When the EEC published their Minimum Requirements for Health and Safety on June 1, family child care programs, as well as other child care settings, were shocked and dismayed. How could Providers make so many changes in so little time?
In response to the requirements, Providers spoke up, and the EEC listened. On June 8, the EEC released key updates that made reopening family child care programs more manageable.
However, even with these new updates, Providers will still have to make substantial changes and adapt to a new way of operating their FCCs. Like you, I have read these updated requirements, re-read them, highlighted key phrases, and mulled them over. Here are my thoughts:
This is going to be hard!
There’s no doubt about it. Providers will each need to put in hours of planning and re-making your child care environment to meet these new requirements. It will take time and you will need to be patient with yourself because it’s unlikely you will get it perfectly right, at least not at first.
Find support in the community
Family child care folks are some of the hardest working and adaptable people I have ever met. It has always astounded me to see the incredibly creative ways that you all meet the state regulations, embed educational best practices, and do it all in your family’s home. And no one multi-tasks like a family child care Provider! Take advantage of every partner you can find, whether it’s a family child care support group, your child care system, NeighborSchools, Strong Start Professional Learning Communities, your licensor, or EEC “Town Halls.” Use the resources they offer and let them know what other resources you need.
Another great way to tackle the job ahead is to form a “study group.” Identify 2-3 other family child care Providers who are willing to put your heads together and help one another. Find some partners and your work may be a bit lighter!
Get creative and think outside the box
Remember that there are “many right ways” to follow any regulation. Avoid comparing your procedures to what you’ve always done before.
Here’s just one example: Turn physical distancing into a game for the children. Buy colored painter’s tape to make safe and fun paths around your program. Put down “spots” of colored cardboard or contact paper, just big enough for a small bottom and a few toys. Now each child has their very own space to use. Match that color to the child’s individual cups and divided Bento boxes. Children will be thrilled if you fill individual containers with crayons, markers, paintbrushes, individual playdough, a few books, and toys. The toys and books can be rotated every few days after cleaning and sanitizing. This may not teach sharing, but what child doesn’t love having their very own box of toys? It’ll be wonderful to indulge these small children in some materials that are all their own!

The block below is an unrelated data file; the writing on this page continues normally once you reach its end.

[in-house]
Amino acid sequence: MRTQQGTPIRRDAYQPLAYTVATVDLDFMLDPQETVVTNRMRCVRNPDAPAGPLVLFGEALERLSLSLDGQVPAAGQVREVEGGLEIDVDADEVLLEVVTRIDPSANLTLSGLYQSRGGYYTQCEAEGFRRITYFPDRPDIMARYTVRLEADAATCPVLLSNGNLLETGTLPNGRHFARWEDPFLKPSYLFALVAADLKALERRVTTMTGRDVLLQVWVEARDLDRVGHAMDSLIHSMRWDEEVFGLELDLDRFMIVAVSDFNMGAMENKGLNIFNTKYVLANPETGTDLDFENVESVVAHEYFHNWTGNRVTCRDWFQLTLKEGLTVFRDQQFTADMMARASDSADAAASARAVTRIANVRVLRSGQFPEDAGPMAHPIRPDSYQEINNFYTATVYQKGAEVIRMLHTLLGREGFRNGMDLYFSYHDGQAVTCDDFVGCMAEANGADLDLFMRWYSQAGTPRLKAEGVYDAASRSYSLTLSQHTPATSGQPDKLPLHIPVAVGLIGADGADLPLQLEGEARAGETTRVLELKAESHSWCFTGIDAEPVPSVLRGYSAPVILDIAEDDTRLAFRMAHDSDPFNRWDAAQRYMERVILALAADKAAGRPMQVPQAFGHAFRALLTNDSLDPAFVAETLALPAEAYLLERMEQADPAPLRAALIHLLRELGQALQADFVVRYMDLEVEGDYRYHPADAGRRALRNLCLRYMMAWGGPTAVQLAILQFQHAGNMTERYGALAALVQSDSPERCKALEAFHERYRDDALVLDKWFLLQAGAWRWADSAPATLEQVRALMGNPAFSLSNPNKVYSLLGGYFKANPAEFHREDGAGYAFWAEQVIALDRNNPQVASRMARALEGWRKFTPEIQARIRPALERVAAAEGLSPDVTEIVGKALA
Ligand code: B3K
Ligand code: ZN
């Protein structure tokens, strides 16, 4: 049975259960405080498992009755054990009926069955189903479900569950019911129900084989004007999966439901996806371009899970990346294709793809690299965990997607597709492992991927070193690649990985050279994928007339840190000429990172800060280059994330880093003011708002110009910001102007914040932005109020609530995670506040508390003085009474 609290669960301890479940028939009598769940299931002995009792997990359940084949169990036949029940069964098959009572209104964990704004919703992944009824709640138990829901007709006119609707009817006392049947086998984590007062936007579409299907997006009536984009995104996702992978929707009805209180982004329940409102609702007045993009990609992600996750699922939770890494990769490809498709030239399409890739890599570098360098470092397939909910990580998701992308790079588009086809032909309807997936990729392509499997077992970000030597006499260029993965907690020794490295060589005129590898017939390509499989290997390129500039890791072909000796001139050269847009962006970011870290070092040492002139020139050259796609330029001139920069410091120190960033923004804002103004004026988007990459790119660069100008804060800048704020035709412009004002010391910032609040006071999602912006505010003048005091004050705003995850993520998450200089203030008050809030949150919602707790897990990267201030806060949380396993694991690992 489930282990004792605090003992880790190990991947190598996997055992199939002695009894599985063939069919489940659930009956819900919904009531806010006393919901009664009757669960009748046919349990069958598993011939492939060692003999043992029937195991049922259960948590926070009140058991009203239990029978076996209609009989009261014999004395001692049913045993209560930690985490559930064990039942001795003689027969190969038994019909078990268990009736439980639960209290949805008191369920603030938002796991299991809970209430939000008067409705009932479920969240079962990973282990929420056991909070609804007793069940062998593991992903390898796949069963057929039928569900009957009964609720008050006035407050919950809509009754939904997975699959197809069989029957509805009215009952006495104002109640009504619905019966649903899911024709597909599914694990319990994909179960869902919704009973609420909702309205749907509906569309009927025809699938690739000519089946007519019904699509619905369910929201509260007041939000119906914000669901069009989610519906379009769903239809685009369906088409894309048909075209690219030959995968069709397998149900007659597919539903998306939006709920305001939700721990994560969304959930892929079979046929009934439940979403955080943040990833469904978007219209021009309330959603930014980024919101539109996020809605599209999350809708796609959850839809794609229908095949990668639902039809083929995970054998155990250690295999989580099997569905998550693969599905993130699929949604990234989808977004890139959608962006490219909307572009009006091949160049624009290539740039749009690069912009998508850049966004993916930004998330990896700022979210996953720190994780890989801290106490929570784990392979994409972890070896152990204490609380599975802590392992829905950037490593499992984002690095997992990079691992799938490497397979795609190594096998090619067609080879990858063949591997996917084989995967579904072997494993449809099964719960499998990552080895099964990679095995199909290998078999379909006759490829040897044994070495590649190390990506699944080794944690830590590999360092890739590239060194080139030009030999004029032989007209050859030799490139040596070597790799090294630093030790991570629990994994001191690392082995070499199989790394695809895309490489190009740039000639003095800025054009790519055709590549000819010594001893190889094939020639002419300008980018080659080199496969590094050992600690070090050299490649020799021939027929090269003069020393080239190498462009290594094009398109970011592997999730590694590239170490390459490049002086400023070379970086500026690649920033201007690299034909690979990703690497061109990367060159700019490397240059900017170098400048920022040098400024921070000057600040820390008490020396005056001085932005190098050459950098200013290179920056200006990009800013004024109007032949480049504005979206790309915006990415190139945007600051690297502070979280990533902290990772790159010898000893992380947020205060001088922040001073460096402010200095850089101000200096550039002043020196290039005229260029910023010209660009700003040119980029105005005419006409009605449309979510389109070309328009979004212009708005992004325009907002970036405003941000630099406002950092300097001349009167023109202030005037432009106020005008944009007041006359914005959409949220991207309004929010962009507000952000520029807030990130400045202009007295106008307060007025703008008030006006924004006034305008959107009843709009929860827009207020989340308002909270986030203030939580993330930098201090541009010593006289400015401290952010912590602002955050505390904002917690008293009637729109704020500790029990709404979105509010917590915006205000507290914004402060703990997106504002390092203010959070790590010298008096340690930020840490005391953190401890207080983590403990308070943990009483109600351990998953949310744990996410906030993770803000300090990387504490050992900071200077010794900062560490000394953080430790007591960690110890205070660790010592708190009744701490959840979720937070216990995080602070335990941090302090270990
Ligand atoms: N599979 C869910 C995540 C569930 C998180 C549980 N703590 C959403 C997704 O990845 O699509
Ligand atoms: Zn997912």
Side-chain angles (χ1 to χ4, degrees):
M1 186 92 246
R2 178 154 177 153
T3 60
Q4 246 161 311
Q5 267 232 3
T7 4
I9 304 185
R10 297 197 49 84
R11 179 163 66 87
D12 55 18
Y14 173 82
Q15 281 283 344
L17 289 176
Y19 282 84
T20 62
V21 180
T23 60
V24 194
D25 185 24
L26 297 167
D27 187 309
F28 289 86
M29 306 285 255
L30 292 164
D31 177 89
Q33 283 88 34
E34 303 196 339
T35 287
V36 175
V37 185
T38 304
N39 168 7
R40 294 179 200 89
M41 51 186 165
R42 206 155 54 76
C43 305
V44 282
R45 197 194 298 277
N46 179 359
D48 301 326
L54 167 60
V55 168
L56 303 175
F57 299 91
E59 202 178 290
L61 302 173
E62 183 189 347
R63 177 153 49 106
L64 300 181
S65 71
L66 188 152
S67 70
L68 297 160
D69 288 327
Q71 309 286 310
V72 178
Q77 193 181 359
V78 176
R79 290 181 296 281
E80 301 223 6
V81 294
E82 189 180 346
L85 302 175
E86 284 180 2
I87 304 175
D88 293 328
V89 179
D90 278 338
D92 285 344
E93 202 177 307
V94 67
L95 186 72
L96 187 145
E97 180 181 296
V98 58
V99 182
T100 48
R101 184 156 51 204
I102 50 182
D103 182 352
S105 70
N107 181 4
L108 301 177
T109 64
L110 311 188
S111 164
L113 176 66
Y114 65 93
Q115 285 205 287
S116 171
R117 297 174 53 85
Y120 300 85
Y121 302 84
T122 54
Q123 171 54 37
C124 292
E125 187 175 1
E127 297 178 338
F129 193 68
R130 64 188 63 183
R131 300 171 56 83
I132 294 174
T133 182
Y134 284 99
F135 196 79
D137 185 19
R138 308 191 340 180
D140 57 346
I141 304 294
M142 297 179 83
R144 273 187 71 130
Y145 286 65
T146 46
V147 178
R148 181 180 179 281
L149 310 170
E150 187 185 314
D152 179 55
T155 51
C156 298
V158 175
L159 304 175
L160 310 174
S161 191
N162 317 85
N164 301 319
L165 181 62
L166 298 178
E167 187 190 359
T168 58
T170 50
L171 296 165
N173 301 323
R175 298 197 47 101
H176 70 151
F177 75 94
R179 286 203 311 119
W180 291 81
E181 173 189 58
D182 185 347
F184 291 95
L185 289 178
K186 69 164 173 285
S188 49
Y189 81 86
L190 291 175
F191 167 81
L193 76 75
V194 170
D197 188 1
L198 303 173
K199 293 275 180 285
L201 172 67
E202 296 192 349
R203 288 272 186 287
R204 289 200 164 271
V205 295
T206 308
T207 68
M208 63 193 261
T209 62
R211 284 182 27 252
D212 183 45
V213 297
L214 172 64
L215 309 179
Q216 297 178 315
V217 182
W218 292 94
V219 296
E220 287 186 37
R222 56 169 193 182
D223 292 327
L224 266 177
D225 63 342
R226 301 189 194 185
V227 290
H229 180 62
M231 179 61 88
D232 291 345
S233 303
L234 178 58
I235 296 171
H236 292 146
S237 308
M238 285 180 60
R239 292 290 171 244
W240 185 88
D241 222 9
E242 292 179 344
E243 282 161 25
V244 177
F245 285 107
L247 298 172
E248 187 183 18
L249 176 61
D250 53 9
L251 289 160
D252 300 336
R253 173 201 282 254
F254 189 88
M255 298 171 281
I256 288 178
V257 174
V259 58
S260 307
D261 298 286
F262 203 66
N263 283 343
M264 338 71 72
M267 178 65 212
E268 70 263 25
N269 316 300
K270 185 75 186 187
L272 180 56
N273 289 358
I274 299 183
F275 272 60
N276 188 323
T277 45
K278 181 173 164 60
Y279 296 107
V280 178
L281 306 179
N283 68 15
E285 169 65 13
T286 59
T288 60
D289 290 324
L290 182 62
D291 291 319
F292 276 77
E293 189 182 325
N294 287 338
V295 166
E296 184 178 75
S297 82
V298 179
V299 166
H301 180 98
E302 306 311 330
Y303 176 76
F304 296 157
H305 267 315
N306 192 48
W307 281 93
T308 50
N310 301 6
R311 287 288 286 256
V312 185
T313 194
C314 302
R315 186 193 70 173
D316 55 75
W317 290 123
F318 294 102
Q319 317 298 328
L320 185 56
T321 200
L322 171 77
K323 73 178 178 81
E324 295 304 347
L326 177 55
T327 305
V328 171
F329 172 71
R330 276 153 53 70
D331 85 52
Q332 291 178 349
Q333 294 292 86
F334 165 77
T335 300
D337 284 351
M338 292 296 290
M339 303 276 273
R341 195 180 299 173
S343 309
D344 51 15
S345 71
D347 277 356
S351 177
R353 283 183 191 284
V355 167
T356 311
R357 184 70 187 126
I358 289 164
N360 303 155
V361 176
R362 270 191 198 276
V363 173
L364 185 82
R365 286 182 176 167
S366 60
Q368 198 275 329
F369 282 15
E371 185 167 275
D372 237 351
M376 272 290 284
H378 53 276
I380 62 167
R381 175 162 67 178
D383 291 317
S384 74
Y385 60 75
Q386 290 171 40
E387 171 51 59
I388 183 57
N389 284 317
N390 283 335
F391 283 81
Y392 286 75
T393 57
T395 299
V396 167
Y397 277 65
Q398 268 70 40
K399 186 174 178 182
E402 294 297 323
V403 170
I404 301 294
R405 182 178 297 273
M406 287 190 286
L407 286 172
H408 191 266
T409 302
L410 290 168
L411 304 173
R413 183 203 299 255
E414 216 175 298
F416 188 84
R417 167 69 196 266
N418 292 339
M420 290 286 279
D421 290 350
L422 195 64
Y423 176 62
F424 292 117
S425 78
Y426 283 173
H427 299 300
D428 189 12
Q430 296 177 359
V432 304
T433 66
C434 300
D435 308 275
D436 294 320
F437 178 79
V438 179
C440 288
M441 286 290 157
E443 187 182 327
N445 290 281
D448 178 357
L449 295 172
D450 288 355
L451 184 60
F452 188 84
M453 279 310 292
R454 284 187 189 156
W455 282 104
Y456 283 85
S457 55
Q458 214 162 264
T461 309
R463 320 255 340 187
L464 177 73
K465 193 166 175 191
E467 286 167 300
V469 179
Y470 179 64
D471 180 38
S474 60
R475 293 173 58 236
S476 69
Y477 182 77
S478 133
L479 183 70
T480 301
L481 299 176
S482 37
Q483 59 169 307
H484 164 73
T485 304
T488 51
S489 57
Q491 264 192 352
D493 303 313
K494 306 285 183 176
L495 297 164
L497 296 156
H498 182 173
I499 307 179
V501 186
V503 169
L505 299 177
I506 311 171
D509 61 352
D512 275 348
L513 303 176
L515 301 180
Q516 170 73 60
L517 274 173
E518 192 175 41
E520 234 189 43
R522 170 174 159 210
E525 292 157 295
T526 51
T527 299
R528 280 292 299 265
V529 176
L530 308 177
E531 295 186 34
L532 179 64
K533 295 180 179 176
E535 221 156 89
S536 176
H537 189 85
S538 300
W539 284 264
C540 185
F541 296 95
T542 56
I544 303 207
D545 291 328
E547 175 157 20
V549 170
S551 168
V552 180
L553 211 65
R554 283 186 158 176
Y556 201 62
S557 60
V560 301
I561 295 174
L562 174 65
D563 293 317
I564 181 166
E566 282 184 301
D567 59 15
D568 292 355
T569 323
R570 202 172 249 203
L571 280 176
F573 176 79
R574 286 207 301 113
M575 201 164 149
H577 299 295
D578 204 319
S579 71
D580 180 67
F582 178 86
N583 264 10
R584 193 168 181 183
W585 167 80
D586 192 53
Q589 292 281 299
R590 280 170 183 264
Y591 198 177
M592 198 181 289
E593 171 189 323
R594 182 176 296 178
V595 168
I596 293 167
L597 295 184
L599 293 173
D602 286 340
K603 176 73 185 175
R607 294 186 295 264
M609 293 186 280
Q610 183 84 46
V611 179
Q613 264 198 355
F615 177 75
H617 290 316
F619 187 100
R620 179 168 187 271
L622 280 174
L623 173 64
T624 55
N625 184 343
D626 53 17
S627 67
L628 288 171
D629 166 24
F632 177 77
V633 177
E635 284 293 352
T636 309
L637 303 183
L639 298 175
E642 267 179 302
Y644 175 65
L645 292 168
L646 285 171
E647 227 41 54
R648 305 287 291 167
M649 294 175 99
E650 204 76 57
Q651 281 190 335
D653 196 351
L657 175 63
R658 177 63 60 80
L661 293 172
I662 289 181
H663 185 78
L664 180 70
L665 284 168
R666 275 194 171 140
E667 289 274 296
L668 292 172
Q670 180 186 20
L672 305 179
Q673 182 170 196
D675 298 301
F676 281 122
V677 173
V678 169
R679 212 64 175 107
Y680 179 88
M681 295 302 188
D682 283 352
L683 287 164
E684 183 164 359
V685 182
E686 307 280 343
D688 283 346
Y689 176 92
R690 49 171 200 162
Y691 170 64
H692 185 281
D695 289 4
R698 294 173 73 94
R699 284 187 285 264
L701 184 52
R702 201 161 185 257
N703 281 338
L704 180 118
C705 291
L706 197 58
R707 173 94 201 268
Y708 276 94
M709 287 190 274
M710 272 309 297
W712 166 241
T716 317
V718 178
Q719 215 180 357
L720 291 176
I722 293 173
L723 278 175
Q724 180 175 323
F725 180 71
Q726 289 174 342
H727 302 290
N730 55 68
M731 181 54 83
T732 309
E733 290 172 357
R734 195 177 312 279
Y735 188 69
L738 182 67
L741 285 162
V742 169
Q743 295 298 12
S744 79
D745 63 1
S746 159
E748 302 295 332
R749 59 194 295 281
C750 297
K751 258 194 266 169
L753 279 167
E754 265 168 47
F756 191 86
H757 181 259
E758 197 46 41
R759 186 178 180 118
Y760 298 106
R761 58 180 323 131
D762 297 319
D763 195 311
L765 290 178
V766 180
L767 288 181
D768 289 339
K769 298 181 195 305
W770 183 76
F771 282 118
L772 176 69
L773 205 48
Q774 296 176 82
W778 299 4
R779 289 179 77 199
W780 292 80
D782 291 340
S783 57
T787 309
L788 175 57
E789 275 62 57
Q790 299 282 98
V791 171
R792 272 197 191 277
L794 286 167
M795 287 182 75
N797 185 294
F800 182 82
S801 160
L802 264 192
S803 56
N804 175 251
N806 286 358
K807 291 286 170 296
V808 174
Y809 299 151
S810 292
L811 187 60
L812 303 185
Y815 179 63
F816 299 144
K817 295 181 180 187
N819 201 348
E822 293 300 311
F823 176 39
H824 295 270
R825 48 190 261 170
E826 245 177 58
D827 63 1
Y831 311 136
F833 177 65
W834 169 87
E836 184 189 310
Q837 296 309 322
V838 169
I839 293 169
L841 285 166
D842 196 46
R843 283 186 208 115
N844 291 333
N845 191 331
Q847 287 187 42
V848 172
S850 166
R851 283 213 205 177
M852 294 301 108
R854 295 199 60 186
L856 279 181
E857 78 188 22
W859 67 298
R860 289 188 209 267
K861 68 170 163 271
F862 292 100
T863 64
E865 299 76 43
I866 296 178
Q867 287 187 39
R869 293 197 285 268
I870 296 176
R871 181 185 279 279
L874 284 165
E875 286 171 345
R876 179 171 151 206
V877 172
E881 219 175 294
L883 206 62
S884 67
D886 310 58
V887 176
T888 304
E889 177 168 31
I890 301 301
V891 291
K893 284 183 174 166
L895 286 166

This is an opportunity for family child care to shine!
Many of the requirements for re-opening are actually the strengths that are unique to family child care: flexible schedules, small groups, low ratios, siblings together in the same room, and individual attention to children’s needs. Families who are hesitant to send their children back to large child care centers will look to family child care as a safe place for the child.
I think the most powerful strength that family child care offers are close relationships with children and families. As children return to your care and for the coming months, your focus will need to be on the social and emotional needs of the children who are fully aware of the huge challenges we all have faced. Where better to have a child feel secure, safe, and loved than in a family child care home? You may not be able to hug and kiss the children, but I have no doubt you will find creative, amazing, and fun ways to show the love you have for children.
This is a shining moment for our field of family child care, and for you as well. Do what you do best, let your strengths shine, and be recognized as the best place for children to be!
Linda Schumacher, M.Ed., is an early childhood development specialist and a well-known figure among child care professionals in Massachusetts. She ran her own Licensed Home Daycare program for years and now is a trainer for the Massachusetts Department of Early Education & Care, facilitating the orientation courses that Providers must complete in order to receive a license and open a program. She is an advisor for NeighborSchools. Visit Linda’s website or follow her on Facebook.
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